WE CAN’T THINK OR LOGIC OUR WAY OUT OF THE EFFECTS OF CHILDHOOD TRAUMA.
Hi Love! I'm Morgan and I'm a childhood trauma survivor, certified trauma-informed coach, and the creator of Rising Warrior Collective, a safe community for survivors of childhood trauma to begin healing. If you're ready to take your healing to the next level, let's connect and talk about what it looks like to work 1:1.
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Did you know that our conscious mind processes about 40 things per second? This is nothing compared to our unconscious mind, which processes around 20,000 things in a single second. So what’s the difference between the two?
Our conscious mind contains all the thoughts, feelings, and memories that we’re aware of. This is the area of our mental processing that we can rationally think and talk about, including our memory, which is not always a part of consciousness but can be retrieved easily and brought into our awareness. Whereas the unconscious mind is a holding tank of feelings, urges, thoughts, and memories that are outside of our conscious awareness. Most of these being unpleasant and unacceptable such as feelings of pain, conflict, overwhelm, and anxiety.
One only needs to think about the physical sensations associated with deep grief, betrayal, exclusion, loneliness, or broken heartedness. This is what often gives rise to coping mechanisms such as substance abuse, disordered eating, self-harm, and co-dependency: we desperately want to rid ourselves of the intense physical agony that emotions bring. ~ Stephen Porges Ph.D.
I share this because it’s extremely important that, as trauma survivors, we understand how our thoughts work, especially because we spend most of our time in our heads trying to “logically think” our way through challenges, triggers, and trauma cycles. In gaining a better understanding of how we are currently operating, we can connect the dots and understand why our old patterns are not working. This awareness is the first step in shifting towards more balance between the head and the body so deeper healing can take place.
As a child, there was little room for my feelings to be expressed, held, seen, or supported within my family. I imagine, if you’re reading this, you may have had similar experiences. When you grow up in a narcissistic, toxic, or dysfunctional family, you learn quickly that the focus is always on them, their dysfunction, their addiction, their toxicity, their needs. In my family there was very little emotional capacity from the adults to understand how much pain, fear, stress, and anxiety I was in because they didn’t have the tools or resources to understand or process the emotions and feelings of their own bodies, let alone mine. This is what generational trauma looks like, family members unconsciously passing their unprocessed trauma from generation to generation.
As trauma survivors, it was often safer to be our heads than in our bodies.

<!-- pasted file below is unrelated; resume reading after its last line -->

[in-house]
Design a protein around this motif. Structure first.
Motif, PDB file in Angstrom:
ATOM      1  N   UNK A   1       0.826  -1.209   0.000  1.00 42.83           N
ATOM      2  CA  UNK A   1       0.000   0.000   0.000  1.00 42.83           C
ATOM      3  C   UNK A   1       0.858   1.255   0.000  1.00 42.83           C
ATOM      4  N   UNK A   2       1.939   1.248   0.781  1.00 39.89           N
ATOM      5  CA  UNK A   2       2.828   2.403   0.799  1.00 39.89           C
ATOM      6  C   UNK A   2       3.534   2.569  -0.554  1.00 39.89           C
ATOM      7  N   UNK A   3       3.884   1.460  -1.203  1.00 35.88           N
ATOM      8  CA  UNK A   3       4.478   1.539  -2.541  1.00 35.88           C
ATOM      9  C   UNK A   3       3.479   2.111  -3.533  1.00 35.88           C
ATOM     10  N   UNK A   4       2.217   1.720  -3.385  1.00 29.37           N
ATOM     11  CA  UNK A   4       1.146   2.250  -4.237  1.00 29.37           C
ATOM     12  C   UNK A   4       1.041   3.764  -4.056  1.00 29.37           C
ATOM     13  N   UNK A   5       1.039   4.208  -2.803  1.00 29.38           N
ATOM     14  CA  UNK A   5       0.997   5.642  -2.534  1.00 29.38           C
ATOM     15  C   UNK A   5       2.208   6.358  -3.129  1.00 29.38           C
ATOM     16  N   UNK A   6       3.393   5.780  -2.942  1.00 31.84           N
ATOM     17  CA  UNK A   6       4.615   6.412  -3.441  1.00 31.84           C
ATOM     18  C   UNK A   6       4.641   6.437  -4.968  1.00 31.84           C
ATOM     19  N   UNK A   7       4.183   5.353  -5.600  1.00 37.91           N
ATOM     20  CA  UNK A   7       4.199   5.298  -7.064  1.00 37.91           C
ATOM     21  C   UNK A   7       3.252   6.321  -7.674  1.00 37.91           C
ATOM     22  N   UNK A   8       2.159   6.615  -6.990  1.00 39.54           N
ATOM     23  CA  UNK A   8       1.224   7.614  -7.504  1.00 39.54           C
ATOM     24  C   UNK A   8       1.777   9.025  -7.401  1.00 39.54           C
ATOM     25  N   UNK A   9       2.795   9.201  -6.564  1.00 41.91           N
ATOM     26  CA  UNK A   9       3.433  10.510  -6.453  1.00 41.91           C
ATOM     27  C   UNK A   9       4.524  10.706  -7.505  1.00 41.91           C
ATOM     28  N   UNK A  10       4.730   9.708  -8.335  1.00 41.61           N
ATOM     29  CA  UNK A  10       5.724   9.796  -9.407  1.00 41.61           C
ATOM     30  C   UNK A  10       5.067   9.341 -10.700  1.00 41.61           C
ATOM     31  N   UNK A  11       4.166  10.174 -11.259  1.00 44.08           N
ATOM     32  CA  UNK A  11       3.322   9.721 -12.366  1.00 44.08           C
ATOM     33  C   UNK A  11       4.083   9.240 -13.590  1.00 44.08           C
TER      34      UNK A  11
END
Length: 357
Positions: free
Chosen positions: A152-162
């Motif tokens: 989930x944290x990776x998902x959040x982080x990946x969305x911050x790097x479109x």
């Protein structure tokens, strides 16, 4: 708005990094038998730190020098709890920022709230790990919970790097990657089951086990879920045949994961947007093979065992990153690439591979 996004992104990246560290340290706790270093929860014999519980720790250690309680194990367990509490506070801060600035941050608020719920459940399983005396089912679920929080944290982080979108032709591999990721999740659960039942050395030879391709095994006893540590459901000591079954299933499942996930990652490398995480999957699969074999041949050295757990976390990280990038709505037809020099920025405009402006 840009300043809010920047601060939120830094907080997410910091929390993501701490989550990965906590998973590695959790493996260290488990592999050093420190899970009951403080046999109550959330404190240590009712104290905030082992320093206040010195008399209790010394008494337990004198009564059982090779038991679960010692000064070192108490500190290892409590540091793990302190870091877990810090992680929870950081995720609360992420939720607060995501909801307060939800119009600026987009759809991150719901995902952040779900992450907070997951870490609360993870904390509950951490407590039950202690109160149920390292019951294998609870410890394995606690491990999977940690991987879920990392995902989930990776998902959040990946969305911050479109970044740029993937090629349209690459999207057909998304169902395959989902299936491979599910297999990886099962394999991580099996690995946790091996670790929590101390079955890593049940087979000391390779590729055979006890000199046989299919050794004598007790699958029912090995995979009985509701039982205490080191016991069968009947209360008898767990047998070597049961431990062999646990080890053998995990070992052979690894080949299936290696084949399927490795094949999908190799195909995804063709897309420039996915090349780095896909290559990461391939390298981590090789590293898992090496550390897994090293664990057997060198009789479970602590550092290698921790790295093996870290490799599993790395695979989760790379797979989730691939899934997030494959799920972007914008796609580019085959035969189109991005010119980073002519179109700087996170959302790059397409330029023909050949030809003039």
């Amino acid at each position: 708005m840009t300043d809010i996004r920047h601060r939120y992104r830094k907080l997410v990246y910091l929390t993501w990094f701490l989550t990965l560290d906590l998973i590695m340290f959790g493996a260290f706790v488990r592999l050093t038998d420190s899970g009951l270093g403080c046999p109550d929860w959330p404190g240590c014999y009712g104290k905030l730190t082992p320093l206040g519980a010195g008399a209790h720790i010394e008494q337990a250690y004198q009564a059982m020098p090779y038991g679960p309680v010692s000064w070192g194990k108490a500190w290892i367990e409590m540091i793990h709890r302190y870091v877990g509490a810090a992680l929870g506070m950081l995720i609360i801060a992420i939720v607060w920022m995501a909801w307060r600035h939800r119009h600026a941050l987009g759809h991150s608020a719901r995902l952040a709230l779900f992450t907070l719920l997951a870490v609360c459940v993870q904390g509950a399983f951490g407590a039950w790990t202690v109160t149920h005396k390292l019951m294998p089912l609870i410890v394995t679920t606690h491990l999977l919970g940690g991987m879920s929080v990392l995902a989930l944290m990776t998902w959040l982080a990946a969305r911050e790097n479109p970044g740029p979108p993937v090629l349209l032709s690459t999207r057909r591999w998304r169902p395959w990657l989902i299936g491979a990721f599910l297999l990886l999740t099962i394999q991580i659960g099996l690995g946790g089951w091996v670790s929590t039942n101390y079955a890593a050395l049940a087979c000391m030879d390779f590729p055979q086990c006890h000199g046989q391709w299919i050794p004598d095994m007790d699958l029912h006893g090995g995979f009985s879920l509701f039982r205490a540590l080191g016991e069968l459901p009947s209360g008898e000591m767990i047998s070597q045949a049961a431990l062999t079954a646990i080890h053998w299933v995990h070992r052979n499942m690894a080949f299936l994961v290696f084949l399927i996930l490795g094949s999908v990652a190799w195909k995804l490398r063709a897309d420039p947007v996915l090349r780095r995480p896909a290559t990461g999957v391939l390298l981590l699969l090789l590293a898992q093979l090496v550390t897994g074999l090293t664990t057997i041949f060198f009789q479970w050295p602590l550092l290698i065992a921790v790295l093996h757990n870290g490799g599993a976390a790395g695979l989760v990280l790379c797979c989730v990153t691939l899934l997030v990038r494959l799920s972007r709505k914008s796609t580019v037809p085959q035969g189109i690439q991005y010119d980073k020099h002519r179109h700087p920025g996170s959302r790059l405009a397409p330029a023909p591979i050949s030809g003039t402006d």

As children, we rely on our parents and caretakers for our basic needs, to attune to our emotions and feelings, teach us how to self-regulate (by first co-regulating with us), and give us safe space to explore and grow. At this developmental stage, we are vulnerable to the outside world. Our caretakers hold the key to our survival. In a healthy family environment, these skills set us up for healthy adulthood. This safe container helps us to connect to and find safety within ourselves so that we can then do the same in the external world.
Growing up with an alcoholic mom and a dysfunctional family meant that I didn’t get the chance to harness those important life skills. The adults in my life were inconsistent, unreliable, and untrustworthy. I experienced a tremendous amount of disappointment from an early age, as I realized I couldn’t count on my tribe. Not having my feelings, emotions, fears, and concerns addressed or validated left me feeling emotionally and physically abandoned by the people I had to count on for my survival. These experiences taught me it wasn’t safe for me to have feelings or emotions, so I learned to shut them off in order to protect myself from further disappointment and abandonment.
Surviving the dysfunctional environment of addicts means you have to be alert and self-protective. Instead of being nurtured and cared for, I was learning how to be hyper-vigilant to my environment and the surrounding people. Because it wasn’t safe to live in my body (have emotions and feelings about what was going on around me), I learned to live in my head where I could put my hyper-vigilant skills to work. I counted beers, watched for slurring, paid attention to mood changes, and never got too comfortable in one place (I had to move a lot as a kid). We learn to do what we have to in order to survive. It’s often not until years later that we finally have the opportunity t slow down and understand what was really happening for us.
WHAT WE THINK OF AS “SAFETY” IS ACTUALLY A HYPER AROUSED NERVOUS SYSTEM STUCK IN THE “ON” POSITION.
What has felt like “safety” since childhood is actually an overworked nervous system. That hyper-vigilant state I talked about earlier that helped me to identify dangers in my environment, that is the body’s natural fight-or-flight system that kicks in to protect us. Because for many trauma survivors, our day-to-day lives felt dangerous, unpredictable, and chaotic, our bodies self-protective system got stuck in the “on” position. Not understanding that this happened, we continued to live in this state as adults with no awareness of it or how it was impacting our lives.